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Exclusive: When will Jamal Crawford retire from NBA?

Crawford tells Jameer Nelson he’ll continue to fight for his NBA life through next season, then hang it up.

Jamal Crawford will retire sometime during the next NBA season. The legendary microwave swingman, who helped create both terms, is searching for his next and possibly final team.

Crawford told Jameer Nelson and Ben Stinar that on their CLNS Media “Court Vision” Podcast. His focus remains on finding a way into the NBA’s return in Orlando. He last played for the Phoenix Suns on Apr. 9, 2019.

“I don’t know if I have a timetable (to retire),” Crawford said. “To be honest with you … I would think for me, it would probably be some point next season. It may not be the beginning of next season, maybe a team in the playoffs then or fighting for the playoffs later on in the season. Then at that point probably if it doesn’t happen I would say that’s it.”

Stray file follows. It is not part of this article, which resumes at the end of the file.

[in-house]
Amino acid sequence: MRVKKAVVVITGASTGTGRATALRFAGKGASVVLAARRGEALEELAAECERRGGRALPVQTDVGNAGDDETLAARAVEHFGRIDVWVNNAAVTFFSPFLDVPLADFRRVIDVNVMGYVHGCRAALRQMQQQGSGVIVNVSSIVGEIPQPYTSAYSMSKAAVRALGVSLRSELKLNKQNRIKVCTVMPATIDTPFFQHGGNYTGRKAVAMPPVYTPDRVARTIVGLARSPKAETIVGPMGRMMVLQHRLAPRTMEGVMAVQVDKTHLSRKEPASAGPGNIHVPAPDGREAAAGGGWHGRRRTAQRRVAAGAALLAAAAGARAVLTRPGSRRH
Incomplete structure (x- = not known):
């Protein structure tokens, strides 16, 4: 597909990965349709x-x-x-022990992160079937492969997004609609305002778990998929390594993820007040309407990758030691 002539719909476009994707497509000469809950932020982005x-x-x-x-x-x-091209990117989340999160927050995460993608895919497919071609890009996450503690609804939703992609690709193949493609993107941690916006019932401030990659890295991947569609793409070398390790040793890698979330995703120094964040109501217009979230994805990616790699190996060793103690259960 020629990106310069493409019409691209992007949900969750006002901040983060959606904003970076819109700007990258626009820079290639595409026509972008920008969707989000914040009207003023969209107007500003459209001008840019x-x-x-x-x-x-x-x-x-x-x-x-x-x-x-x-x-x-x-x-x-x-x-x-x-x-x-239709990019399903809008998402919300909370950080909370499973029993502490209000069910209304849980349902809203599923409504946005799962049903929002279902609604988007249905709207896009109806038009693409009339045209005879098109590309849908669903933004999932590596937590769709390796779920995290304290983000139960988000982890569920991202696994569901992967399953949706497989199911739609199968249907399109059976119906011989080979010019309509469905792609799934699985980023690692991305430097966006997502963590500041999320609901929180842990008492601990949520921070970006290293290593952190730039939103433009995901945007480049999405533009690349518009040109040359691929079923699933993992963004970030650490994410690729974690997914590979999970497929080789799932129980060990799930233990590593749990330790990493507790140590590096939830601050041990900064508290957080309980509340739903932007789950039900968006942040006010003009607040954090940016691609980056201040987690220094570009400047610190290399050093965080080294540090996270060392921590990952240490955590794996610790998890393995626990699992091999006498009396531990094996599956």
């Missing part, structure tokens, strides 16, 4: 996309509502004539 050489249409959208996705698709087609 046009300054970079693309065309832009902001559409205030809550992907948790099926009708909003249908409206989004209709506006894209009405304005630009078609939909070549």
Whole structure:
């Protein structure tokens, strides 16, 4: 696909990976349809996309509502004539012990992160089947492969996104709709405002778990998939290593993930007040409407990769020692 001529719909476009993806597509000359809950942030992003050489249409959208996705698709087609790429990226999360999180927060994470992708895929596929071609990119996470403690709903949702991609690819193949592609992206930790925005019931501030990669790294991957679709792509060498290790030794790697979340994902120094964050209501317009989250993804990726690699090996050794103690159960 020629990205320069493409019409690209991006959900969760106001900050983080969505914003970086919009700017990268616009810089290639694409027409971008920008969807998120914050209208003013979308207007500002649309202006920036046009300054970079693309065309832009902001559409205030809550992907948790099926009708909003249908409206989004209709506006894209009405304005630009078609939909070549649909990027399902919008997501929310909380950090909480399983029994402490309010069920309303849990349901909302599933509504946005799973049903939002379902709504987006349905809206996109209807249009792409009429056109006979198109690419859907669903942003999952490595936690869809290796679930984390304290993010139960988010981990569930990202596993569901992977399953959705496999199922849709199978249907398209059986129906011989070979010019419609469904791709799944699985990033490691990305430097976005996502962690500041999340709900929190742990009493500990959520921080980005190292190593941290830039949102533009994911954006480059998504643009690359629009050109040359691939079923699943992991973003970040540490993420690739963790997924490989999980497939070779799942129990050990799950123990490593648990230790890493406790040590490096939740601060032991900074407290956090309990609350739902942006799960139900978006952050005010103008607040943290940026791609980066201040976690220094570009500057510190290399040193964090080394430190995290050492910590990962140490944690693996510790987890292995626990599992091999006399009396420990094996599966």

The constant attachment to basketball games and preparation ceased without a team this season. He instead brought his son fishing, his daughter to the dance as NBA games aired on his TV. While he hopes to return and help a team win in Orlando, this year prepared him for life without basketball.

Fans fervently push to see him one more time, with social media flooded by his famous highlight tapes featuring some of the sharpest crossovers ever. He expects his former LA Clippers to win the championship.

“The Clippers have more guys who can create shots,” Crawford said. “Between Kawhi, PG and Lou Williams.”

Nelson emphasized that Crawford scored 51 points on 18-for-30 shooting the last time he suited up. He met the mark as a scorer in his final month on a losing team, but to join a contender Crawford responded that he needed to change his approach.

Crawford averaged 7.9 points per game through that entire season and thought he proved he could both adjust and still unload as a scorer during that campaign. He believes that any team with championship aspirations need a veteran and he’s eligible to enter the Orlando bubble if another player contracts COVID-19 or gets injured.

“I didn’t learn how to be a pro until I had vets on my team,” he said. “I think vets are important not just in sports, but in any role in life.”

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